By Joe Emersberger – TeleSUR English, Jul 7th 2014
In the heated media war over Venezuela, studies produced by well-funded NGOs (usually with ties to powerful states) have been regularly cited by the western corporate media to paint a grim picture of the country.
Ellner argues that the opposition's street action and civil unrest appear to follow a coordinated plan which is pre-designed to provoke regime change in Venezuela while justifying violence in the eyes of mass media.
On March 14th, the London Evening Standard published an article in which it claimed “28 demonstrators were killed in the past month” in Venezuela. The figure referred to the anti-government protests that had broken out in the South American nation, in February.
By Tamara Pearson - Venezuelanalysis.com, Apr 2nd 2014
As it's prone to do, the private media has invented a new thing. In both English and Spanish they are calling it colectivos, and these collectives are meant to be irrational, cruel, grotesque armed motorbike riders who “enforce” the revolution and are responsible for most of the current violence.
The recent protests in Venezuela have made international headlines. Much of the foreign media coverage has distorted the reality of my country and the facts surrounding the events. Venezuelans are proud of our democracy. We have built a participatory democratic movement from the grass roots that has ensured that both power and resources are equitably distributed among our people.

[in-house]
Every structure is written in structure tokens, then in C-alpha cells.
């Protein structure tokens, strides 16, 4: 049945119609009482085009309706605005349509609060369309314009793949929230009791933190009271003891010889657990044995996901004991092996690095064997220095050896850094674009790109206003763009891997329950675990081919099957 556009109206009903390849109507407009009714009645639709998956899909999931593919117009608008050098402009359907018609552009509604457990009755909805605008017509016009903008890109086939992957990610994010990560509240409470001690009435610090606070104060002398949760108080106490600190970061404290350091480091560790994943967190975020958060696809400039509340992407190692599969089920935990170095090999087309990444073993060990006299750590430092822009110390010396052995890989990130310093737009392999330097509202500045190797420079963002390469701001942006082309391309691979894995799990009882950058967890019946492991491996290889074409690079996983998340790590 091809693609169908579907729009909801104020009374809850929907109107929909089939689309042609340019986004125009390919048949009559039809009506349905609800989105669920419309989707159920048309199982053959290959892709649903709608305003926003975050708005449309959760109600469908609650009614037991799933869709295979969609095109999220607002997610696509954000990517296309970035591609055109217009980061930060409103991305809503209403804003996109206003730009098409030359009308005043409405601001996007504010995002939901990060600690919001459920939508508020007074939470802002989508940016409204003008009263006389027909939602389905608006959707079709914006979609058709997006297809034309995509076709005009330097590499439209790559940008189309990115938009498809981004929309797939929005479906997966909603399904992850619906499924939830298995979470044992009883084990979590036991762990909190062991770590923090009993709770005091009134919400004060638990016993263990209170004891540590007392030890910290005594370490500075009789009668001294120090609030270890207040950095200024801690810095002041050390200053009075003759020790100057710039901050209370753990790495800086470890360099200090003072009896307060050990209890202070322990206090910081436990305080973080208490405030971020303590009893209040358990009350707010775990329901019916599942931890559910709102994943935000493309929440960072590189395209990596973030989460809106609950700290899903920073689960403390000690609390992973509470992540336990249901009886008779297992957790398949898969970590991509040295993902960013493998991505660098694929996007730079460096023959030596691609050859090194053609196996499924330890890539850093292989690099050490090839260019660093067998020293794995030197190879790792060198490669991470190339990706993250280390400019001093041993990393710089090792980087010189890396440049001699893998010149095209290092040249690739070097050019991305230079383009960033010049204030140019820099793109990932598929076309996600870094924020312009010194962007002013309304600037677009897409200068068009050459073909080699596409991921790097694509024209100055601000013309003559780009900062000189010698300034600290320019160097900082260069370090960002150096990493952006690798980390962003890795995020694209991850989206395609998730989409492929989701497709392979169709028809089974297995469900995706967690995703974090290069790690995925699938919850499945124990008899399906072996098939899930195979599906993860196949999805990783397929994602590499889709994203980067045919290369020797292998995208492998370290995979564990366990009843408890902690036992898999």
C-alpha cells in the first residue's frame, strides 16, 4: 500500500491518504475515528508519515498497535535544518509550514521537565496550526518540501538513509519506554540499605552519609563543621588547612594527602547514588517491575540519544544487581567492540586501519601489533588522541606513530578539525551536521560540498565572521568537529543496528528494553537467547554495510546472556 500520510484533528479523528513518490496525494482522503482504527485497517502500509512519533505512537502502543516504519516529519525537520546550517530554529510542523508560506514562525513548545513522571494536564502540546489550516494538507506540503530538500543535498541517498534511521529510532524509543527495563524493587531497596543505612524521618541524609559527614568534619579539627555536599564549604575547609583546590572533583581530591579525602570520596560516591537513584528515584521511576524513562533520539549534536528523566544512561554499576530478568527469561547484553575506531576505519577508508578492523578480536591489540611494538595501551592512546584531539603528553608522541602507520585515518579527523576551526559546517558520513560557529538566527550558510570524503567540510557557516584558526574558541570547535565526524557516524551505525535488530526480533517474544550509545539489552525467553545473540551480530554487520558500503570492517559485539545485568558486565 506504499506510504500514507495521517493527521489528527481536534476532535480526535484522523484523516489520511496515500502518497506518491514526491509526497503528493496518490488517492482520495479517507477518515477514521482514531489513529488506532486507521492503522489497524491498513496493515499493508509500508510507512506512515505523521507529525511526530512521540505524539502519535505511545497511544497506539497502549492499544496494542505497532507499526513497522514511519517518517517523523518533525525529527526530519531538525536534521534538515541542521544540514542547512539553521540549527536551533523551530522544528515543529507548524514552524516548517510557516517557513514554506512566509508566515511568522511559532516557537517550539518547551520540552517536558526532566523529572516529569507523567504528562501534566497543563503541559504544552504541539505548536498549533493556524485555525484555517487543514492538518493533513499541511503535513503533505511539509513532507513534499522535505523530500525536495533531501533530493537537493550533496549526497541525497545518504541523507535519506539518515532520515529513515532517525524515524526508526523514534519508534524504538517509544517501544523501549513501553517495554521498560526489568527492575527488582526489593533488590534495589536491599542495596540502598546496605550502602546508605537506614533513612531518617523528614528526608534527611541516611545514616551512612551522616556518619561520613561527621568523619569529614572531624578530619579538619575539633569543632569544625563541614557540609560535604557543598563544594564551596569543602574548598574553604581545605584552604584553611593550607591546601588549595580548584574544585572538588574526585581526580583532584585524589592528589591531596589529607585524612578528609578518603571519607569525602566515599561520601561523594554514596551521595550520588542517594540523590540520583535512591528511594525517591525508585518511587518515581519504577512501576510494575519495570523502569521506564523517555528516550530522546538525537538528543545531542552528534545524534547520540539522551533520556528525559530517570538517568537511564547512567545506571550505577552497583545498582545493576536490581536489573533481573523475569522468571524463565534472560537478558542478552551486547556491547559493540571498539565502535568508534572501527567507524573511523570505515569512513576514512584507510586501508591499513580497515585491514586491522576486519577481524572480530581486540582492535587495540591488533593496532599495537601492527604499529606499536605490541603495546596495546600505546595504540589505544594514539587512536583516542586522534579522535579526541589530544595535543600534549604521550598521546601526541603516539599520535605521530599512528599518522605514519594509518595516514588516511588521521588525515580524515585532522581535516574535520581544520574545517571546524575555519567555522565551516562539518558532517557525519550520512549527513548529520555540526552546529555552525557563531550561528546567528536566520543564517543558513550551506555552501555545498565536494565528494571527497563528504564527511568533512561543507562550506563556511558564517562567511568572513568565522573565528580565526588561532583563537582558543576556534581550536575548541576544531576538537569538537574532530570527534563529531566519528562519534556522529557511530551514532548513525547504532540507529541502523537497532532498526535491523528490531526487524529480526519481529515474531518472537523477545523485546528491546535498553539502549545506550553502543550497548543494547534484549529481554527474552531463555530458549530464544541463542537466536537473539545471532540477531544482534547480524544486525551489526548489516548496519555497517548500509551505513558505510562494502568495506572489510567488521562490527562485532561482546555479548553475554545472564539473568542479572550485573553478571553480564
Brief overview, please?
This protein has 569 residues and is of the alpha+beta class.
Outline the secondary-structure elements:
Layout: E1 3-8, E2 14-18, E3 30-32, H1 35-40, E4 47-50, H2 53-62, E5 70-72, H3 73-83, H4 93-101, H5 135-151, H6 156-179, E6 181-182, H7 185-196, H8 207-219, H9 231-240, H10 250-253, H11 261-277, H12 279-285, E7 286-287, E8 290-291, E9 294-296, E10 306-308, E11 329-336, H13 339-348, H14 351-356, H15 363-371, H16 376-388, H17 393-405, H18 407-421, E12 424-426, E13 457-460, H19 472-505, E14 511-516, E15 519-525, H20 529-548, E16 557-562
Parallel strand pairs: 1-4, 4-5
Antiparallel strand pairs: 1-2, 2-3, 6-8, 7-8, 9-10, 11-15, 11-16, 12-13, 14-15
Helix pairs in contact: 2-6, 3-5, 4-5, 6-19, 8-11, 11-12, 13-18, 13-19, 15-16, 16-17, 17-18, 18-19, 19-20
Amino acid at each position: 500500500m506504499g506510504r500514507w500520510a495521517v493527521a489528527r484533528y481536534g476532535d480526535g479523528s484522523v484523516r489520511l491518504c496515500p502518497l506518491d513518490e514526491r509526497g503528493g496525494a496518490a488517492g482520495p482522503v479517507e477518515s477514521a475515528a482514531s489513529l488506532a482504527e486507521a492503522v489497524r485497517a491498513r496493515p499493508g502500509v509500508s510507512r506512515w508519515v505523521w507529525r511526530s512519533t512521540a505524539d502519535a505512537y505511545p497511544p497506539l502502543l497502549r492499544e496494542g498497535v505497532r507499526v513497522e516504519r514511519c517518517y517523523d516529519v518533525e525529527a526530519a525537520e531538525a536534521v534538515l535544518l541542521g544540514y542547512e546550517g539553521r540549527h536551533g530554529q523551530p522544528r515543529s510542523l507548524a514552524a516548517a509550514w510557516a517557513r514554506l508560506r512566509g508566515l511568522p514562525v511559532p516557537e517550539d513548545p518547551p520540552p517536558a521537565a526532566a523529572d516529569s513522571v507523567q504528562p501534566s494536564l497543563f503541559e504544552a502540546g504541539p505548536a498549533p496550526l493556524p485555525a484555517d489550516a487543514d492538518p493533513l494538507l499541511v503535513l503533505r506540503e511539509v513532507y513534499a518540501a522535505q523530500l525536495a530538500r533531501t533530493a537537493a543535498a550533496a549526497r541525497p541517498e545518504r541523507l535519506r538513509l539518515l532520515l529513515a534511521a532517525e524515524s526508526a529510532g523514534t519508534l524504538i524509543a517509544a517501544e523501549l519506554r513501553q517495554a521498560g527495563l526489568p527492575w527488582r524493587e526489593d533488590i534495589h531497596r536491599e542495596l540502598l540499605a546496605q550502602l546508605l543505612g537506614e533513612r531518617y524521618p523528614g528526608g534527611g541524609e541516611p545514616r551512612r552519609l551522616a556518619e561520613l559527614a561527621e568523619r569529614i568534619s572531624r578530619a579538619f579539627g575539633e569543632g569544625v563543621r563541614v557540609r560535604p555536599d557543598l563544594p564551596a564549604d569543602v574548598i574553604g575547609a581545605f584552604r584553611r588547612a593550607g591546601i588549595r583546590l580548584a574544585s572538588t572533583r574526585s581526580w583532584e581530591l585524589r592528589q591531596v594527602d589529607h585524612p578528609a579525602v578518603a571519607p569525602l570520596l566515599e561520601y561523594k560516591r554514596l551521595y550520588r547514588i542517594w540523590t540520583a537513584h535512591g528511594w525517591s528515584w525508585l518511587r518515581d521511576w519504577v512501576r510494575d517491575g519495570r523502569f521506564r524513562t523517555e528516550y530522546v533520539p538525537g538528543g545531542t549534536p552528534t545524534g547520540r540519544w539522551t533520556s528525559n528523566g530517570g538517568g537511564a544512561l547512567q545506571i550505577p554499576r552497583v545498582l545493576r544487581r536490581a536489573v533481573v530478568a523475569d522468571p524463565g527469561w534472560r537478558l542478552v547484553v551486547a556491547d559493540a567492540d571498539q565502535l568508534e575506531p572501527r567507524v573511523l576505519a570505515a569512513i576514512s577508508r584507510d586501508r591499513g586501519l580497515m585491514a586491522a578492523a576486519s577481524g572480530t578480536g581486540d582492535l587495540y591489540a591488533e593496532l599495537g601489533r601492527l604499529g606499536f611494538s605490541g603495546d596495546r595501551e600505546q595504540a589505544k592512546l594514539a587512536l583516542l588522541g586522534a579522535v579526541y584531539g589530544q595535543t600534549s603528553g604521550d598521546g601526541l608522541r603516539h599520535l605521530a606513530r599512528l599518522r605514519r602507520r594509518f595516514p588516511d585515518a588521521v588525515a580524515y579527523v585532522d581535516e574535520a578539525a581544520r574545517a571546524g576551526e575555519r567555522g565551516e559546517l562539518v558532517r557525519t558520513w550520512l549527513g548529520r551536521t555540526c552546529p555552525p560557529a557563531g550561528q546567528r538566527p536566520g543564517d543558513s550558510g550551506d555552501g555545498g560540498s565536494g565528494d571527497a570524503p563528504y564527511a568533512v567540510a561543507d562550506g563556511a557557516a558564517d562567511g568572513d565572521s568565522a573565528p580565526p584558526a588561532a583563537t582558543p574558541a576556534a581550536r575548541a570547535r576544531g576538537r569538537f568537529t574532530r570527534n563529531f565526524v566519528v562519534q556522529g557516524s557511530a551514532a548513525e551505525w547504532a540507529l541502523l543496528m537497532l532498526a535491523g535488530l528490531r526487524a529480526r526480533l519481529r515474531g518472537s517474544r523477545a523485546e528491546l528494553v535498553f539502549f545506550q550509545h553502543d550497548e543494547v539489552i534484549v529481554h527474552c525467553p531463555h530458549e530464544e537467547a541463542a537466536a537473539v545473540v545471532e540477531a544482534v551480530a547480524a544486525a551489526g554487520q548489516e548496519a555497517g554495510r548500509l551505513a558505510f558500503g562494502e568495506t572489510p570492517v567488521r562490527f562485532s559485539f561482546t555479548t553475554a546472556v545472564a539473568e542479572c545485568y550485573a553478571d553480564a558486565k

Venezuelan opposition leader Leopoldo Lopez has an op-ed in theNew York Times today (3/26/14). Given that he is currently being held in a military prison, the piece is notable. But the most revealing part might be a correction that appears at the end.
If most people in English speaking countries believe that the media is far less free in Venezuela than in their own countries, it actually highlights the deplorable state of press freedom in their own.